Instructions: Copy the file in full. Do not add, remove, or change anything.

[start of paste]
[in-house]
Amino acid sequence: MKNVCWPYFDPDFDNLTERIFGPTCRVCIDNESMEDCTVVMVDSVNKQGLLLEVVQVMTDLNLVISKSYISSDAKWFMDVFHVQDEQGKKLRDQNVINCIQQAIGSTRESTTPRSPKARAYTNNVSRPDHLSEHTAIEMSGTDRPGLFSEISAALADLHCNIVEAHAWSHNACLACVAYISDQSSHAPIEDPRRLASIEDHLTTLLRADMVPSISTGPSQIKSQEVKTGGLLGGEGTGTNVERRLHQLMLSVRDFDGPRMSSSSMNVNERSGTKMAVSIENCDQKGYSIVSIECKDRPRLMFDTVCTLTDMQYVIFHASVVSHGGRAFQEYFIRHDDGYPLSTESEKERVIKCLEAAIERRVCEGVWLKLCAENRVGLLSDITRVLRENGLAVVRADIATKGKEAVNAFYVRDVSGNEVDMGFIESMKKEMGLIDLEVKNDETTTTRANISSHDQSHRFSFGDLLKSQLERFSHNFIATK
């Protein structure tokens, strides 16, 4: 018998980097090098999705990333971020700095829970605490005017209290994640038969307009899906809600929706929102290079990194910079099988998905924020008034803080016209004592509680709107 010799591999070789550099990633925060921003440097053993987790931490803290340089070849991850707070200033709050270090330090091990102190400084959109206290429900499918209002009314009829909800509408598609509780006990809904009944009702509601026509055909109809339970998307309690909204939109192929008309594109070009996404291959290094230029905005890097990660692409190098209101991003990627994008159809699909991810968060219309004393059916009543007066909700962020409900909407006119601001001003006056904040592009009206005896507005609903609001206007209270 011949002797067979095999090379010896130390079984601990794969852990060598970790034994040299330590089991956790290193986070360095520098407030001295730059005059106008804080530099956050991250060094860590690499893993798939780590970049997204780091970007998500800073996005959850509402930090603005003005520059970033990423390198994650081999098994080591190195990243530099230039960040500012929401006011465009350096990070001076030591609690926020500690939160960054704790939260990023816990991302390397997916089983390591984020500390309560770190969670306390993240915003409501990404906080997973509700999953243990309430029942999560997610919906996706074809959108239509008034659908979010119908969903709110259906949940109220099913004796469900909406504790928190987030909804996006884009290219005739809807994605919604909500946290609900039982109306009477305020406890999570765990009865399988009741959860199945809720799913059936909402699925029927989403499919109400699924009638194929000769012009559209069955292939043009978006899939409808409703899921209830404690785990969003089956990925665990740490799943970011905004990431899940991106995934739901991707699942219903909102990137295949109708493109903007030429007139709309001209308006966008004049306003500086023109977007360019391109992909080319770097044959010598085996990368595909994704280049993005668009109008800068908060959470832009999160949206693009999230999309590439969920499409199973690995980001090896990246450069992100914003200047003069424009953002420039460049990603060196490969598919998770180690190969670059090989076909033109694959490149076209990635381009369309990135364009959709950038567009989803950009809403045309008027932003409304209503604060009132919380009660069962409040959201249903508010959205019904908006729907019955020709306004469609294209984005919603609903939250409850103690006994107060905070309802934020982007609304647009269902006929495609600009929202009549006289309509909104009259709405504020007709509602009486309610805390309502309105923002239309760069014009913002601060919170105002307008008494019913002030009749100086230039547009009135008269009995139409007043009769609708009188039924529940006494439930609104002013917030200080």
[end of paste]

[in-house]
Amino acid sequence: MKNVCWPYFDPDFDNLTERIFGPTCRVCIDNESMEDCTVVMVDSVNKQGLLLEVVQVMTDLNLVISKSYISSDAKWFMDVFHVQDEQGKKLRDQNVINCIQQAIGSTRESTTPRSPKARAYTNNVSRPDHLSEHTAIEMSGTDRPGLFSEISAALADLHCNIVEAHAWSHNACLACVAYISDQSSHAPIEDPRRLASIEDHLTTLLRADMVPSISTGPSQIKSQEVKTGGLLGGEGTGTNVERRLHQLMLSVRDFDGPRMSSSSMNVNERSGTKMAVSIENCDQKGYSIVSIECKDRPRLMFDTVCTLTDMQYVIFHASVVSHGGRAFQEYFIRHDDGYPLSTESEKERVIKCLEAAIERRVCEGVWLKLCAENRVGLLSDITRVLRENGLAVVRADIATKGKEAVNAFYVRDVSGNEVDMGFIESMKKEMGLIDLEVKNDETTTTRANISSHDQSHRFSFGDLLKSQLERFSHNFIATK
């Protein structure tokens, strides 16, 4: 018998980097090098999705990333971020700095829970605490005017209290994640038969307009899906809600929706929102290079990194910079099988998905924020008034803080016209004592509680709107 010799591999070789550099990633925060921003440097053993987790931490803290340089070849991850707070200033709050270090330090091990102190400084959109206290429900499918209002009314009829909800509408598609509780006990809904009944009702509601026509055909109809339970998307309690909204939109192929008309594109070009996404291959290094230029905005890097990660692409190098209101991003990627994008159809699909991810968060219309004393059916009543007066909700962020409900909407006119601001001003006056904040592009009206005896507005609903609001206007209270 011949002797067979095999090379010896130390079984601990794969852990060598970790034994040299330590089991956790290193986070360095520098407030001295730059005059106008804080530099956050991250060094860590690499893993798939780590970049997204780091970007998500800073996005959850509402930090603005003005520059970033990423390198994650081999098994080591190195990243530099230039960040500012929401006011465009350096990070001076030591609690926020500690939160960054704790939260990023816990991302390397997916089983390591984020500390309560770190969670306390993240915003409501990404906080997973509700999953243990309430029942999560997610919906996706074809959108239509008034659908979010119908969903709110259906949940109220099913004796469900909406504790928190987030909804996006884009290219005739809807994605919604909500946290609900039982109306009477305020406890999570765990009865399988009741959860199945809720799913059936909402699925029927989403499919109400699924009638194929000769012009559209069955292939043009978006899939409808409703899921209830404690785990969003089956990925665990740490799943970011905004990431899940991106995934739901991707699942219903909102990137295949109708493109903007030429007139709309001209308006966008004049306003500086023109977007360019391109992909080319770097044959010598085996990368595909994704280049993005668009109008800068908060959470832009999160949206693009999230999309590439969920499409199973690995980001090896990246450069992100914003200047003069424009953002420039460049990603060196490969598919998770180690190969670059090989076909033109694959490149076209990635381009369309990135364009959709950038567009989803950009809403045309008027932003409304209503604060009132919380009660069962409040959201249903508010959205019904908006729907019955020709306004469609294209984005919603609903939250409850103690006994107060905070309802934020982007609304647009269902006929495609600009929202009549006289309509909104009259709405504020007709509602009486309610805390309502309105923002239309760069014009913002601060919170105002307008008494019913002030009749100086230039547009009135008269009995139409007043009769609708009188039924529940006494439930609104002013917030200080």